Brit buffs celebrate 'Hurt Locker' victory over 'Avatar'

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Carey Mulligan, left, and Colin Firth, right, flank moderator Francine Stock and panelists Dave Calhoun, Stephen Woolley and Ben Miller.

In David and Goliath-style, “Avatar” was soundly beaten by “The Hurt Locker” at the BAFTAs Feb. 21 — an outcome that was popular with film fans backstage at the awards ceremony.

Participants in the Sony Ericsson Film Lovers’ Forum watched the U.K. kudos event live onscreen from the Royal Opera House’s snug Linbury Studio Theater and participated in a panel discussion expertly chaired by the BBC’s Francine Stock.

The assembled heard panelist/Brit film producer Stephen Woolley predict that, despite “The Hurt Locker” triumphing over “Avatar,” the Oscars would likely produce a very different result.

“In America, I think there may well be a feeling of, ‘James Cameron’s made us a lot of money, he’s kept us afloat in a difficult year, let’s give him the Oscar,’” Woolley forecast.

Each film received eight nominations. While “Avatar” had to make do with wins in the special visual effects and production design categories, its low-budget rival scooped six awards.

Woolley agreed with a fellow panelist, Time Out London film editor Dave Calhoun, that the past year was not a vintage one for mainstream cinema.

“Nothing from Hollywood has shaken things up,” he opined. “There has been no outstanding mainstream film, although ‘An Education’ is a very good film.”

All the panelists agreed that the year’s finest films had emerged from outside the main studios.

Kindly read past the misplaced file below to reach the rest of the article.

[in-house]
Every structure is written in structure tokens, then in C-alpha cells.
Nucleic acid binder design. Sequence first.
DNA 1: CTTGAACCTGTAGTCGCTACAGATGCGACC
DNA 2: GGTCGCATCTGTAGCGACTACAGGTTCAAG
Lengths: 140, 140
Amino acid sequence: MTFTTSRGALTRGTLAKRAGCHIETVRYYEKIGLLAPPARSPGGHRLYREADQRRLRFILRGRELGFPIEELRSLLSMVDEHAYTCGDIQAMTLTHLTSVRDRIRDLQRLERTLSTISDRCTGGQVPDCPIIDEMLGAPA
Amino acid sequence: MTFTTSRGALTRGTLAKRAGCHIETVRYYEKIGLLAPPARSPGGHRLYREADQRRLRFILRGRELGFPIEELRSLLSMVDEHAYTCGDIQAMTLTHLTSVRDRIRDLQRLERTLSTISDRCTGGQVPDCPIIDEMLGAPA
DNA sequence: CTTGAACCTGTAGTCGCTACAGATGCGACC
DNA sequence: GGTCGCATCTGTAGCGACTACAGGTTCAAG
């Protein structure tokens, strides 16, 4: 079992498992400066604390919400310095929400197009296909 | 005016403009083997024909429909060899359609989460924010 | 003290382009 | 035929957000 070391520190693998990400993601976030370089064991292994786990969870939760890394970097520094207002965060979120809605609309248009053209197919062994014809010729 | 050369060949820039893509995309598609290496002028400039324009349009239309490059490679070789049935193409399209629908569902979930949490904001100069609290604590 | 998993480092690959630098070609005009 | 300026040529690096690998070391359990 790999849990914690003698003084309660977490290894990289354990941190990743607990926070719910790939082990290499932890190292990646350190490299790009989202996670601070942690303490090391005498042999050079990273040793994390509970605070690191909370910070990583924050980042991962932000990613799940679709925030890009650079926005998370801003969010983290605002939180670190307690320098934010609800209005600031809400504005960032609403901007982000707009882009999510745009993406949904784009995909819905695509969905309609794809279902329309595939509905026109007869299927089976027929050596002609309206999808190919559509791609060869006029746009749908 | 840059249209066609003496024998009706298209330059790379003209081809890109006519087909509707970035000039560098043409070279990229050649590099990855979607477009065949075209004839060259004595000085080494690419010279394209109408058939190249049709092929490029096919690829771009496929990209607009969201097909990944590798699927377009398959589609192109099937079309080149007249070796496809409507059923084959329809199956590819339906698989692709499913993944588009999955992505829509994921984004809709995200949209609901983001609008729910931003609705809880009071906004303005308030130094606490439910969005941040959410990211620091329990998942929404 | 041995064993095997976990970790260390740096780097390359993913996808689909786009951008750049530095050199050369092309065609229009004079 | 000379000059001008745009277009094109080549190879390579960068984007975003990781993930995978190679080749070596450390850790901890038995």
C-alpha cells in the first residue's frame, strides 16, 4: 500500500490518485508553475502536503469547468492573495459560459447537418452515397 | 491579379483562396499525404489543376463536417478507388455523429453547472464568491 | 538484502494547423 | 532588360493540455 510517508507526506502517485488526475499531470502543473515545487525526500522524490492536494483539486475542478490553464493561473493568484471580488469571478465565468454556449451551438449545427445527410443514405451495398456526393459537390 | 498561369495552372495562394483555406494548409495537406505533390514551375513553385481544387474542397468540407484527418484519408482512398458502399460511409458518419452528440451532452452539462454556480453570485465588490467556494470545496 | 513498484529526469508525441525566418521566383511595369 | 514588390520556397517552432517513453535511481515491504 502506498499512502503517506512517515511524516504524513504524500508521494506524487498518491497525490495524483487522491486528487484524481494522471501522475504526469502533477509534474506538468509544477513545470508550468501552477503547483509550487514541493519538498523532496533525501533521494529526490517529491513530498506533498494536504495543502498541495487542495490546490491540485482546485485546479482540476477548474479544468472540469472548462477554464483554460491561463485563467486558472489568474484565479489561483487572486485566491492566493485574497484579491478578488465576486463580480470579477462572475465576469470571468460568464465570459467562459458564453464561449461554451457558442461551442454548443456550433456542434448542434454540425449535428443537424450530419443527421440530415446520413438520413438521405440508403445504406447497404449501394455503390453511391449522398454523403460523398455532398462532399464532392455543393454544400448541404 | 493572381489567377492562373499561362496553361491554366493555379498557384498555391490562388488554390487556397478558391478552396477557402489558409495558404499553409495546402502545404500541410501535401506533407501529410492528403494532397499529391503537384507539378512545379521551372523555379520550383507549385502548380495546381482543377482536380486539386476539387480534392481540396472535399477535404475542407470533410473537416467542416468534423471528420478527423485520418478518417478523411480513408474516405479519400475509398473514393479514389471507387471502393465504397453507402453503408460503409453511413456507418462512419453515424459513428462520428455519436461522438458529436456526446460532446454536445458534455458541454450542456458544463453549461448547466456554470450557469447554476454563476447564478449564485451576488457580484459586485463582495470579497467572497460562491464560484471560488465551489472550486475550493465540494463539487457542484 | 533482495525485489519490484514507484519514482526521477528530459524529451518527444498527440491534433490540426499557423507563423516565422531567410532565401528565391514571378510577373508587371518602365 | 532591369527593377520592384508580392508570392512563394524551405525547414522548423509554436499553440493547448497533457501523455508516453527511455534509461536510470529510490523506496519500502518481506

“With pictures like ‘The Prophet’ and ‘The White Ribbon,’ European cinema had enjoyed a strong period,” Calhoun reckoned. “In Britain, it’s been a good year for new talent and for first- and second-time directors — for example ‘Nowhere Boy’ and ‘In the Loop.’”

The third panel member, actor-turned-helmer Ben Miller, expressed anxiety that, due to the impact of the weak economy on film financing, in two years’ time there would be a dearth of new films, especially nonstudio pictures.

Implicit in his comment was the fear that a movie such as “The White Ribbon” (beaten for the foreign-language prize by “The Prophet”) would struggle to get made in the future.

“‘The White Ribbon’ is the most powerful film I’ve ever seen about the rise of Nazism,” Miller enthused.

Woolley wondered if Cameron’s 3D blockbuster represented “a new immersive cinema,” comparing “Avatar” to the “Mamma Mia!” phenomenon.

“People go for the experience, rather than for the cinema,” Woolley added. “It’s a bit like a new form. When you put those glasses on, it’s like kids playing games.”

The Film Lovers’ Forum responded with spontaneous applause as “The Hurt Locker” clinched the BAFTAs for best director and best film.

“I was worried that the box office success of ‘Avatar’ might result in a lot more sci-fi films coming out of Hollywood,” said one of the forum attendees, speaking from the floor.

“Now that ‘The Hurt Locker’ has won, perhaps there is less chance of that happening. Personally that is something I welcome.”

For the final part of the evening, the panelists were joined by some of the night’s winners, including Christoph Waltz of “Inglourious Bastards.”

So what was Quentin Tarantino like on set? “Concise, focused, supportive and solicitous,” Waltz replied.

It was just the kind of inside dope the film lovers had turned out to hear on a cold, dank London night.

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